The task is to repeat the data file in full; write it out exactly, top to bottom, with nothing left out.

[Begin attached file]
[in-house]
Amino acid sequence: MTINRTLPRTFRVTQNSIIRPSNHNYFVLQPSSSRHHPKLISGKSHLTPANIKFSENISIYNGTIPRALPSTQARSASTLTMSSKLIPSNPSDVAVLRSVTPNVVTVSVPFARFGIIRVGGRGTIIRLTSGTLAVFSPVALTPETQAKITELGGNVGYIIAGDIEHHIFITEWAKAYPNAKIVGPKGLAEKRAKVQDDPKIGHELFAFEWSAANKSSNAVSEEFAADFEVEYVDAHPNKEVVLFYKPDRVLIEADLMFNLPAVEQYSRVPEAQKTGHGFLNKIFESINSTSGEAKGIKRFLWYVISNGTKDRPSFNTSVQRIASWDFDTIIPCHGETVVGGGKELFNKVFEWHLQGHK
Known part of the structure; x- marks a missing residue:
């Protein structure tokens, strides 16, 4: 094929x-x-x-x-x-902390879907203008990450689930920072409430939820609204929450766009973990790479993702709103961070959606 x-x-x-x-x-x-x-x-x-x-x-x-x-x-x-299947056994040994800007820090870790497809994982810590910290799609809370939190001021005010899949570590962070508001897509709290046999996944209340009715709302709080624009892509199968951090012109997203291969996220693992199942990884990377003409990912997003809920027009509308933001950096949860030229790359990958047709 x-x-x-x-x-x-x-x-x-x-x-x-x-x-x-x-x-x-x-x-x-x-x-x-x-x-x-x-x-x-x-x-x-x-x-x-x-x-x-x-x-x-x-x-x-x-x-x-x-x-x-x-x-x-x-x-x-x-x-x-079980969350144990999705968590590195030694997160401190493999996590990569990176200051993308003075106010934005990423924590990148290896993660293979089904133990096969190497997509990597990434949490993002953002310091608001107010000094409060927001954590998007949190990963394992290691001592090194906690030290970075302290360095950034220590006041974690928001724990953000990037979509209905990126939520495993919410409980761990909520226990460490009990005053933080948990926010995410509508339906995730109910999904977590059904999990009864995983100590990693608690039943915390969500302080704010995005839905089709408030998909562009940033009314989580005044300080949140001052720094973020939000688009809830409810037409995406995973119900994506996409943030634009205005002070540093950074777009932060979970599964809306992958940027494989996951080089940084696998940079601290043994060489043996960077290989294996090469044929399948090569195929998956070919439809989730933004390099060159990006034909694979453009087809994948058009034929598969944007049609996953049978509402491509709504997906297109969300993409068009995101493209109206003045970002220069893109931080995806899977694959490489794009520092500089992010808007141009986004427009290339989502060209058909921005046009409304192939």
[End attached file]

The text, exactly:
[in-house]
Amino acid sequence: MTINRTLPRTFRVTQNSIIRPSNHNYFVLQPSSSRHHPKLISGKSHLTPANIKFSENISIYNGTIPRALPSTQARSASTLTMSSKLIPSNPSDVAVLRSVTPNVVTVSVPFARFGIIRVGGRGTIIRLTSGTLAVFSPVALTPETQAKITELGGNVGYIIAGDIEHHIFITEWAKAYPNAKIVGPKGLAEKRAKVQDDPKIGHELFAFEWSAANKSSNAVSEEFAADFEVEYVDAHPNKEVVLFYKPDRVLIEADLMFNLPAVEQYSRVPEAQKTGHGFLNKIFESINSTSGEAKGIKRFLWYVISNGTKDRPSFNTSVQRIASWDFDTIIPCHGETVVGGGKELFNKVFEWHLQGHK
Known part of the structure; x- marks a missing residue:
């Protein structure tokens, strides 16, 4: 094929x-x-x-x-x-902390879907203008990450689930920072409430939820609204929450766009973990790479993702709103961070959606 x-x-x-x-x-x-x-x-x-x-x-x-x-x-x-299947056994040994800007820090870790497809994982810590910290799609809370939190001021005010899949570590962070508001897509709290046999996944209340009715709302709080624009892509199968951090012109997203291969996220693992199942990884990377003409990912997003809920027009509308933001950096949860030229790359990958047709 x-x-x-x-x-x-x-x-x-x-x-x-x-x-x-x-x-x-x-x-x-x-x-x-x-x-x-x-x-x-x-x-x-x-x-x-x-x-x-x-x-x-x-x-x-x-x-x-x-x-x-x-x-x-x-x-x-x-x-x-079980969350144990999705968590590195030694997160401190493999996590990569990176200051993308003075106010934005990423924590990148290896993660293979089904133990096969190497997509990597990434949490993002953002310091608001107010000094409060927001954590998007949190990963394992290691001592090194906690030290970075302290360095950034220590006041974690928001724990953000990037979509209905990126939520495993919410409980761990909520226990460490009990005053933080948990926010995410509508339906995730109910999904977590059904999990009864995983100590990693608690039943915390969500302080704010995005839905089709408030998909562009940033009314989580005044300080949140001052720094973020939000688009809830409810037409995406995973119900994506996409943030634009205005002070540093950074777009932060979970599964809306992958940027494989996951080089940084696998940079601290043994060489043996960077290989294996090469044929399948090569195929998956070919439809989730933004390099060159990006034909694979453009087809994948058009034929598969944007049609996953049978509402491509709504997906297109969300993409068009995101493209109206003045970002220069893109931080995806899977694959490489794009520092500089992010808007141009986004427009290339989502060209058909921005046009409304192939």